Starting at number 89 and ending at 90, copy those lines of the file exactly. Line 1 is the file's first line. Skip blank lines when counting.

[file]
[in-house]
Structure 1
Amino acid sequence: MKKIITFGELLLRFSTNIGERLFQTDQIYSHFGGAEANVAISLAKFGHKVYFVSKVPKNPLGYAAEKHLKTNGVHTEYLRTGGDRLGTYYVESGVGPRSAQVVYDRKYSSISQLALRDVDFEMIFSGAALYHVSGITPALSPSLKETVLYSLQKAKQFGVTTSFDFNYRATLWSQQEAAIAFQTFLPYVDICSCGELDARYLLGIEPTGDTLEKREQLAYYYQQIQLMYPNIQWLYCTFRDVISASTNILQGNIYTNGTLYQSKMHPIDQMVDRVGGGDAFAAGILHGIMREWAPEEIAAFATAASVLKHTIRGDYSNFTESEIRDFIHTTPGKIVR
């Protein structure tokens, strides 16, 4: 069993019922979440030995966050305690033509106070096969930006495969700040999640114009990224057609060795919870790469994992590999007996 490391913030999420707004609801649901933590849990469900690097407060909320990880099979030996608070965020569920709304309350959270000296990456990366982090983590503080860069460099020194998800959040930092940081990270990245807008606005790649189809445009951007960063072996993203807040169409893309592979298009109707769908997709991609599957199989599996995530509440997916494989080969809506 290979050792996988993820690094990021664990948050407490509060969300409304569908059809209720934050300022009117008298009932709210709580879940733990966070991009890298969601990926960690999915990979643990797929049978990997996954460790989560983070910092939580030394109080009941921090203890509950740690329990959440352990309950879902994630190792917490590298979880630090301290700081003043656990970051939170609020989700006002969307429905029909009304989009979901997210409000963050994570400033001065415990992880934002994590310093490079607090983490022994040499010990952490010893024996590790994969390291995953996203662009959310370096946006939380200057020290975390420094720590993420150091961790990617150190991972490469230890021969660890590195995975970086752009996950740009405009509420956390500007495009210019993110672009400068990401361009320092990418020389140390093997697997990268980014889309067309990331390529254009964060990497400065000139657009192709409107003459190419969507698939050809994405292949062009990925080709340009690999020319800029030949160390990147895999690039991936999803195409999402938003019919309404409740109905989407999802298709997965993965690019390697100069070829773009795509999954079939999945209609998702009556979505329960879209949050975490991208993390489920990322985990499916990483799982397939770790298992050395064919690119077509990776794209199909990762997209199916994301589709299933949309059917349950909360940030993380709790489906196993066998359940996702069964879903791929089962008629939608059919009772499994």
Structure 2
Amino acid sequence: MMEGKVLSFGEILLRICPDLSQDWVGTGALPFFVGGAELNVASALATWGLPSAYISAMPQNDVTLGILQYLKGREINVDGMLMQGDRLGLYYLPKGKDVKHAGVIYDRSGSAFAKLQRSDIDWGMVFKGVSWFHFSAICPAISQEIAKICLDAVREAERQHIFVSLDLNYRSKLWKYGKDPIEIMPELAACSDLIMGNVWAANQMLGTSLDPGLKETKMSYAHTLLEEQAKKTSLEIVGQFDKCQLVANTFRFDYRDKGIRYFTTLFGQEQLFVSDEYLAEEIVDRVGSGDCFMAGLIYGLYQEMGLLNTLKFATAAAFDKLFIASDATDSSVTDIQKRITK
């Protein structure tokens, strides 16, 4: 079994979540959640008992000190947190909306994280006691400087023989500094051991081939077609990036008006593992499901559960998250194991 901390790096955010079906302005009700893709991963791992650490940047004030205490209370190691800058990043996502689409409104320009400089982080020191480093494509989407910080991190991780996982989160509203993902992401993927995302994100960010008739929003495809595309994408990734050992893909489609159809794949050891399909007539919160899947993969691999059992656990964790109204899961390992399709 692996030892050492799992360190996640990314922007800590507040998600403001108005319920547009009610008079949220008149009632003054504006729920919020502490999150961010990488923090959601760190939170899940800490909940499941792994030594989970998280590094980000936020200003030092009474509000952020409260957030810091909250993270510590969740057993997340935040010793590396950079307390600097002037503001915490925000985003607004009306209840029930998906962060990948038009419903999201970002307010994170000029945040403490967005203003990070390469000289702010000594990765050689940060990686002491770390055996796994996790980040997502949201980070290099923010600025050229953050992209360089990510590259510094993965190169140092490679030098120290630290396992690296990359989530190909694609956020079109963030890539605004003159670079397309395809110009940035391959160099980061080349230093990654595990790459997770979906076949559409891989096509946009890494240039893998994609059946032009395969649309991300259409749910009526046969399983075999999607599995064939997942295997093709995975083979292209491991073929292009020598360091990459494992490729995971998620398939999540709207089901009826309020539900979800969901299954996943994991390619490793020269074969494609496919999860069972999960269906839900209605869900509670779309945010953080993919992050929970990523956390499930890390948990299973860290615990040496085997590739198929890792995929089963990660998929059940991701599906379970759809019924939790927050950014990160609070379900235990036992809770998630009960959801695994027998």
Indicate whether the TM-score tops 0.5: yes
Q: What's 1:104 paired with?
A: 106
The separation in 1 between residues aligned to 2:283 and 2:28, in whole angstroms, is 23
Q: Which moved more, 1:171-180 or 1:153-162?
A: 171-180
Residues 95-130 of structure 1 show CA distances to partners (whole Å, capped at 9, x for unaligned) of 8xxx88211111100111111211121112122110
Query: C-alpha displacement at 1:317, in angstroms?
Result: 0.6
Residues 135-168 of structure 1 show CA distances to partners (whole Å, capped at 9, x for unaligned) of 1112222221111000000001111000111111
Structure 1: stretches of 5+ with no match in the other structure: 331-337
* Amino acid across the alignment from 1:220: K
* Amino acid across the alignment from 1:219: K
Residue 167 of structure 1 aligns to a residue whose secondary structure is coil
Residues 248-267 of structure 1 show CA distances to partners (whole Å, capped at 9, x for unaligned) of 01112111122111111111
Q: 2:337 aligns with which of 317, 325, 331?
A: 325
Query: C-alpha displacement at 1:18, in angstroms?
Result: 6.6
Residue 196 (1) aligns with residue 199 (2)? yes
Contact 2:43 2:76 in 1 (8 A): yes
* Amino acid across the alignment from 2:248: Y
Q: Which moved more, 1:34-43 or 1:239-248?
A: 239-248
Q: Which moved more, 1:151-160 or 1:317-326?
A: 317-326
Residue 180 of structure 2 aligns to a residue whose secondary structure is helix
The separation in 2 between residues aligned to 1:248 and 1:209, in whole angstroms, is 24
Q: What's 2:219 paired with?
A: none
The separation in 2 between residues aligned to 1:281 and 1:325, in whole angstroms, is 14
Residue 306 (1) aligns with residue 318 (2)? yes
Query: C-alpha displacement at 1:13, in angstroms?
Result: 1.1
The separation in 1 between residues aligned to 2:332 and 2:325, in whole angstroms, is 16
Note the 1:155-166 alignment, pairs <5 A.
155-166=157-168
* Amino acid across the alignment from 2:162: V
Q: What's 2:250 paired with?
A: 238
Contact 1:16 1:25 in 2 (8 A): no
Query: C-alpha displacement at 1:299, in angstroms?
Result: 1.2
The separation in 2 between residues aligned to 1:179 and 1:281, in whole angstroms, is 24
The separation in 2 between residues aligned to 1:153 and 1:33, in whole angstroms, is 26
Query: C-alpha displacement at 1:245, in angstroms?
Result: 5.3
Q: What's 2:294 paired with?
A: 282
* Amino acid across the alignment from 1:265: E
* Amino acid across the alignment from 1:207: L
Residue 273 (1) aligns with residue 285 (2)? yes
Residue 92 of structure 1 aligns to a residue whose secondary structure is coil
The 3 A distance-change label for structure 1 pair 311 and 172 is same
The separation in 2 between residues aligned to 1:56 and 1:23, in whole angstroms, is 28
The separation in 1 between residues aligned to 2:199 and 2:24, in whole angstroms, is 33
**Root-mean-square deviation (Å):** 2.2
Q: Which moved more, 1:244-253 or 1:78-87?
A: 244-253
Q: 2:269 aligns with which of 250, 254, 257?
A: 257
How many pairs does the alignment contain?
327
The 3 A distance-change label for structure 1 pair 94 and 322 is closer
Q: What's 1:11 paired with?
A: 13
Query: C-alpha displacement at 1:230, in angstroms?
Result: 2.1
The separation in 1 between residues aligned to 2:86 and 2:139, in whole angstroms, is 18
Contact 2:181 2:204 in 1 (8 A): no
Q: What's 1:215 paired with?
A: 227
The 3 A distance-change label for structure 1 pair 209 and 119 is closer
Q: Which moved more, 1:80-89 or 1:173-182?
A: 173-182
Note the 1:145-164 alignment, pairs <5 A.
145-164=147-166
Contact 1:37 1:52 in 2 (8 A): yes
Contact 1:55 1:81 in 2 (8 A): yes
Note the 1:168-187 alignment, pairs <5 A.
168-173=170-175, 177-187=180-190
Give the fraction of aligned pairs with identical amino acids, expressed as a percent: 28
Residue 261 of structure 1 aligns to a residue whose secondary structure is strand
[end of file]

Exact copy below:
Give the fraction of aligned pairs with identical amino acids, expressed as a percent: 28
Residue 261 of structure 1 aligns to a residue whose secondary structure is strand